"Where were you last night?" Sansa asked as she broke her fast. "Victory said you had gone out, but he didn't know where." Her tone was light, nonchalant, but he could hear an accusing edge to it.

"You don't want to know where, either," he replied shortly.

She flushed deeply, clearly fully aware of the answer, but her expression was hard to read. "Well, Victory taught me a game he and the others play when they're not on duty. It's called cyvasse. I could teach you, too, if you stay in this evening." She looked up at him, something hopeful and almost shy in her eyes. "It was a lot of fun," she added. "Like fighting, but without swords."

Not the kind of game I've been thinking of lately, he thought, glowering at her. But she could be annoyingly unaffected by his dark looks and bad temper when it suited her and in the end she hounded him into submission.

Victory took a beating for his own weak-mindedness later that morning in the practice yard, being as good a target as any. The Unsullied guard captain lay on the floor, bloodied, dazed and awed.

"I have never seen you fight like that before," he said in his strange Astaporian accent.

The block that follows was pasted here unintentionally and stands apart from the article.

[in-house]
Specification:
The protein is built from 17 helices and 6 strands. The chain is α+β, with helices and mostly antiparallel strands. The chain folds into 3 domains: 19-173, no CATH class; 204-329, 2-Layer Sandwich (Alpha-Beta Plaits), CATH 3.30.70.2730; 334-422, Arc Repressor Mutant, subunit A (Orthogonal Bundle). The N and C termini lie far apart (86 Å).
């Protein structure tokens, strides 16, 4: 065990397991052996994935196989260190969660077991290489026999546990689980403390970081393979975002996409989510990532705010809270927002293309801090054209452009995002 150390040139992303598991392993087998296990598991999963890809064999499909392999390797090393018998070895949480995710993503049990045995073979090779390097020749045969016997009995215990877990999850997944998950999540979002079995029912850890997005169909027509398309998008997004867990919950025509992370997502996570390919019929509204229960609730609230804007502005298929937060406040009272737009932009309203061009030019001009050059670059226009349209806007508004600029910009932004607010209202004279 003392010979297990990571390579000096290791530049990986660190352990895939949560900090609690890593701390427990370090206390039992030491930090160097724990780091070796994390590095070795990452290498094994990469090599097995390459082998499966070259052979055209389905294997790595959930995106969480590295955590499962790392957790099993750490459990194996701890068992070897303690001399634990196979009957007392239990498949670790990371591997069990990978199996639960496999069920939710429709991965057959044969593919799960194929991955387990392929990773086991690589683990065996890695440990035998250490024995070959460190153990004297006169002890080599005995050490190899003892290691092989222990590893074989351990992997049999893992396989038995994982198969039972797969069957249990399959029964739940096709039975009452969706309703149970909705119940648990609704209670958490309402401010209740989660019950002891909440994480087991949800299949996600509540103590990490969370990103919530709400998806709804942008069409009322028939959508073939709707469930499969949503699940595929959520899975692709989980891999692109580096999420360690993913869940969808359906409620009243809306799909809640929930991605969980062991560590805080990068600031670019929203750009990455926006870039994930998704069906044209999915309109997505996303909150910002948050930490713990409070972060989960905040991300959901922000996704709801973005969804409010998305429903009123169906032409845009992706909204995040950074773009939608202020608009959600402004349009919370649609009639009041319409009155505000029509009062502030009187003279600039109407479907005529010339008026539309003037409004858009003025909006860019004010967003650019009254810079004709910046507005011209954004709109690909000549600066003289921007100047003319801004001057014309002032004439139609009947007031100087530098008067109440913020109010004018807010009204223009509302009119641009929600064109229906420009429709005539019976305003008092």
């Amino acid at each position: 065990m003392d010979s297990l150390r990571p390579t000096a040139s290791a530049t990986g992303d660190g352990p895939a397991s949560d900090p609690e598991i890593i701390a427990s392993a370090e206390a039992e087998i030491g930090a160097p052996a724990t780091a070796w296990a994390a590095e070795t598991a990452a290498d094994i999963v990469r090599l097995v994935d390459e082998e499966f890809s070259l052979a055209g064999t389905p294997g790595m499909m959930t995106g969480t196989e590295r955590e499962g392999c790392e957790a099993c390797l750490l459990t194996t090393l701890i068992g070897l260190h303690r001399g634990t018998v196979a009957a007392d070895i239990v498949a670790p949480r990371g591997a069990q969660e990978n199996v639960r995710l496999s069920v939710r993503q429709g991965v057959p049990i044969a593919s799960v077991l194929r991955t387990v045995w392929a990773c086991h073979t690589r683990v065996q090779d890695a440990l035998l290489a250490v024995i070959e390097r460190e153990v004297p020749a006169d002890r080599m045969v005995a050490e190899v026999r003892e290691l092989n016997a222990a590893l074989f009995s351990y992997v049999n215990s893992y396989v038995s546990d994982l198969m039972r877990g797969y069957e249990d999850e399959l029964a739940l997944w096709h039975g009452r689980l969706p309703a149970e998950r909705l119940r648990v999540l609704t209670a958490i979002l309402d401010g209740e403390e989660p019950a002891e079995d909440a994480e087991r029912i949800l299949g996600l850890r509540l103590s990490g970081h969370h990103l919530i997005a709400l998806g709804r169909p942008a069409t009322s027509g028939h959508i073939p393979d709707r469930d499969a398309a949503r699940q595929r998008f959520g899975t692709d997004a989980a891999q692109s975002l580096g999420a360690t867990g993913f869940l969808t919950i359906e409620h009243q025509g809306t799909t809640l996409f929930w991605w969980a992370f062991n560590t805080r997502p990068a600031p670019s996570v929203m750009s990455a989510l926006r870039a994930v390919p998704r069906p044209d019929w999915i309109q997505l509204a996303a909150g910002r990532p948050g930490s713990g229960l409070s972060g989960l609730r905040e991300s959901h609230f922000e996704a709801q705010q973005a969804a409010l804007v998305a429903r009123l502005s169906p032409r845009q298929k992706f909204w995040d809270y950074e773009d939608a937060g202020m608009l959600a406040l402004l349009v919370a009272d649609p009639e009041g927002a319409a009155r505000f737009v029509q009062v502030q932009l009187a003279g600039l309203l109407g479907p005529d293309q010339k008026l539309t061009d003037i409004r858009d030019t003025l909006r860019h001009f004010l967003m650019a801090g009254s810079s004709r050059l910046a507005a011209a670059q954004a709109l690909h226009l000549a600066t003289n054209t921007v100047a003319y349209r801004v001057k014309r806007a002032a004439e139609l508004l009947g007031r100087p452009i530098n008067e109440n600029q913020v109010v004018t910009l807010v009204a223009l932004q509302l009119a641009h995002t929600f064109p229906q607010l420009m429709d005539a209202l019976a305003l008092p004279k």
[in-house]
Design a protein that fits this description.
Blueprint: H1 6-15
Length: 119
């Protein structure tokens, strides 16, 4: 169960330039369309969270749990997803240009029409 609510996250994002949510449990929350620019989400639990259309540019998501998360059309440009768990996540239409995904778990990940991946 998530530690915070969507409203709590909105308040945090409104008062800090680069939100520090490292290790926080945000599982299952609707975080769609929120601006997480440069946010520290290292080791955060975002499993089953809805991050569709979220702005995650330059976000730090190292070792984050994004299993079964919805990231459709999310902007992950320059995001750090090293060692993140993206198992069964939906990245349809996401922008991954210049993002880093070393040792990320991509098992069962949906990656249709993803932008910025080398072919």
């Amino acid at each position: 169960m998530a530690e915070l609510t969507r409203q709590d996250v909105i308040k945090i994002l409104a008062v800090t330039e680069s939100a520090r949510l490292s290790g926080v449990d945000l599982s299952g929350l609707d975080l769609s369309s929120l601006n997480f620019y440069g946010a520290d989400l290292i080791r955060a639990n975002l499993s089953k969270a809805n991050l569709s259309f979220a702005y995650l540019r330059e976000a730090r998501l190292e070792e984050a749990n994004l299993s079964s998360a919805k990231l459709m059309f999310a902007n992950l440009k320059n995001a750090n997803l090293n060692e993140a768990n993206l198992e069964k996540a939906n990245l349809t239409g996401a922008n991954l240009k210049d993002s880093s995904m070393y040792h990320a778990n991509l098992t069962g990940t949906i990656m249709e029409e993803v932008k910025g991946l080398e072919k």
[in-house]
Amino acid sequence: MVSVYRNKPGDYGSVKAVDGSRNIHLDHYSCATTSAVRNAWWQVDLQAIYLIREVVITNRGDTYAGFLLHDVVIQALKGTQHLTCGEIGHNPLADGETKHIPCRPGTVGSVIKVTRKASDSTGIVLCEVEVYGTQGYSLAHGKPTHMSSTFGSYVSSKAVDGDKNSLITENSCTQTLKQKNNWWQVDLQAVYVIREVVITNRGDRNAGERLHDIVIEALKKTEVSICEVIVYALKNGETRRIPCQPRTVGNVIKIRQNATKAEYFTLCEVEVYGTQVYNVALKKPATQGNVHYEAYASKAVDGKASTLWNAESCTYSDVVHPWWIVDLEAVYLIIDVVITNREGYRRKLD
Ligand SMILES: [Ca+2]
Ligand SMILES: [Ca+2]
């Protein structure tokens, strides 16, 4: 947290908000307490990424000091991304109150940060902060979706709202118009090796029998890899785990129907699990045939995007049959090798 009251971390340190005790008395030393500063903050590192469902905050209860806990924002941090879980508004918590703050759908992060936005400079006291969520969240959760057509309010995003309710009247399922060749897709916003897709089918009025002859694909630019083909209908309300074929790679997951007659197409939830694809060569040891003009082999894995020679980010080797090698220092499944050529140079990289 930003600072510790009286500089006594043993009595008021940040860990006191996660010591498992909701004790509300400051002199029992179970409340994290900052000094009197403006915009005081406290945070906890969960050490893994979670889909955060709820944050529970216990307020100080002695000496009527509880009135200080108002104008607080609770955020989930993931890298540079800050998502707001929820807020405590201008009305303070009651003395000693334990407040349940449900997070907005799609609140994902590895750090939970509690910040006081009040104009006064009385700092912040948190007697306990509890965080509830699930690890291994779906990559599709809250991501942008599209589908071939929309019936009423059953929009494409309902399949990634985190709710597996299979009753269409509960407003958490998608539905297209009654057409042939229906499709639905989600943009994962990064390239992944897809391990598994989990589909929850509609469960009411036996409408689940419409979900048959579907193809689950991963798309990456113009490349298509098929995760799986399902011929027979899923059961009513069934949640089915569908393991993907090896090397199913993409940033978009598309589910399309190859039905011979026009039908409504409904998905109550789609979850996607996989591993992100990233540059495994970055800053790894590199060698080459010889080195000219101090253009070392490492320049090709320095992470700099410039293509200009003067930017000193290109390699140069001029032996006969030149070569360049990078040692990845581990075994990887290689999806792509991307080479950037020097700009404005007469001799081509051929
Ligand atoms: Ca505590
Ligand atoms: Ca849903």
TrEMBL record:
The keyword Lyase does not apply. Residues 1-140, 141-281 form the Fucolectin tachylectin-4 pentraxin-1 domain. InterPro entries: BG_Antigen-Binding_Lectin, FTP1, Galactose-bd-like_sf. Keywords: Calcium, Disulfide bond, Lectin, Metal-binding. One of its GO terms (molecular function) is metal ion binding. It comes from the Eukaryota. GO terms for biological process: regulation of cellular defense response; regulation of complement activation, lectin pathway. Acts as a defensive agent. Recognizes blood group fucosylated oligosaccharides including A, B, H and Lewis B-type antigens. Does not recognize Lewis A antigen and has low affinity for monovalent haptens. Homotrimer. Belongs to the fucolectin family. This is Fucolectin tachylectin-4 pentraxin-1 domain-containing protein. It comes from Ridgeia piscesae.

"You've never seen me really pissed off before," Sandor rasped back.

They sat out on the veranda with the cyvasse board between them as the sun sank towards the horizon and the sky began to turn a soft lilac. She showed him how the tiles could be laid and ran through the rules as she sipped on a rich plum wine that was slowly staining her lips a darker pink.

She had changed her gown from the morning. Not in itself an unusual occurrence, but he found to his displeasure that the plunging neckline of the bodice was distinctly distracting. Especially when she leaned over the table to play her tiles.

She caught him staring a couple of times, blushing a delicate pink while a small, pleased smile tugged at the corners of her mouth. He knew then that she had done it on purpose. He felt momentarily winded.